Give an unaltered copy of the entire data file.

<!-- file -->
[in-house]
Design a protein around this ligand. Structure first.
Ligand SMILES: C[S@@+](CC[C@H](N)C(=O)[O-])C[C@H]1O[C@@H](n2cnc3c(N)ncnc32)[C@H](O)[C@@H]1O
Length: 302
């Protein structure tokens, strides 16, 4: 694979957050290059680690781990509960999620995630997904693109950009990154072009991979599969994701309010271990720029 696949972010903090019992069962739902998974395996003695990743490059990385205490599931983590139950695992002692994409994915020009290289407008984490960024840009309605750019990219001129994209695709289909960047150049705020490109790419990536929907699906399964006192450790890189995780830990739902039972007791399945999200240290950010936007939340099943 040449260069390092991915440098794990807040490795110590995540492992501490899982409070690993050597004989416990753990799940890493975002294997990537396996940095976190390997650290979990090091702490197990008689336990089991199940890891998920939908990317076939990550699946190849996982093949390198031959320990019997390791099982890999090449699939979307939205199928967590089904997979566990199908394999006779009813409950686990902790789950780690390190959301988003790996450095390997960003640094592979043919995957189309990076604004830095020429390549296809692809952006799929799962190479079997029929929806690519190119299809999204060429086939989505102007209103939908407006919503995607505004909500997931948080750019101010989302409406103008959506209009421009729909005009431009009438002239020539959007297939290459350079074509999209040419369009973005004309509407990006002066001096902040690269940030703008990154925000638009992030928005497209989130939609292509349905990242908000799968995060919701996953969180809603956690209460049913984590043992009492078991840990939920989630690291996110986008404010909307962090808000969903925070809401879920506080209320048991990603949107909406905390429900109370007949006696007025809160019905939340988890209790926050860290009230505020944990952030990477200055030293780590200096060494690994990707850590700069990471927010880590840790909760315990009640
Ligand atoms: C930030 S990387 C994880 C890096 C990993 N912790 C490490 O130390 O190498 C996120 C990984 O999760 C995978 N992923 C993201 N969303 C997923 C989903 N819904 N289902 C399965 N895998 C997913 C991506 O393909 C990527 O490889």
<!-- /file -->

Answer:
[in-house]
Design a protein around this ligand. Structure first.
Ligand SMILES: C[S@@+](CC[C@H](N)C(=O)[O-])C[C@H]1O[C@@H](n2cnc3c(N)ncnc32)[C@H](O)[C@@H]1O
Length: 302
């Protein structure tokens, strides 16, 4: 694979957050290059680690781990509960999620995630997904693109950009990154072009991979599969994701309010271990720029 696949972010903090019992069962739902998974395996003695990743490059990385205490599931983590139950695992002692994409994915020009290289407008984490960024840009309605750019990219001129994209695709289909960047150049705020490109790419990536929907699906399964006192450790890189995780830990739902039972007791399945999200240290950010936007939340099943 040449260069390092991915440098794990807040490795110590995540492992501490899982409070690993050597004989416990753990799940890493975002294997990537396996940095976190390997650290979990090091702490197990008689336990089991199940890891998920939908990317076939990550699946190849996982093949390198031959320990019997390791099982890999090449699939979307939205199928967590089904997979566990199908394999006779009813409950686990902790789950780690390190959301988003790996450095390997960003640094592979043919995957189309990076604004830095020429390549296809692809952006799929799962190479079997029929929806690519190119299809999204060429086939989505102007209103939908407006919503995607505004909500997931948080750019101010989302409406103008959506209009421009729909005009431009009438002239020539959007297939290459350079074509999209040419369009973005004309509407990006002066001096902040690269940030703008990154925000638009992030928005497209989130939609292509349905990242908000799968995060919701996953969180809603956690209460049913984590043992009492078991840990939920989630690291996110986008404010909307962090808000969903925070809401879920506080209320048991990603949107909406905390429900109370007949006696007025809160019905939340988890209790926050860290009230505020944990952030990477200055030293780590200096060494690994990707850590700069990471927010880590840790909760315990009640
Ligand atoms: C930030 S990387 C994880 C890096 C990993 N912790 C490490 O130390 O190498 C996120 C990984 O999760 C995978 N992923 C993201 N969303 C997923 C989903 N819904 N289902 C399965 N895998 C997913 C991506 O393909 C990527 O490889």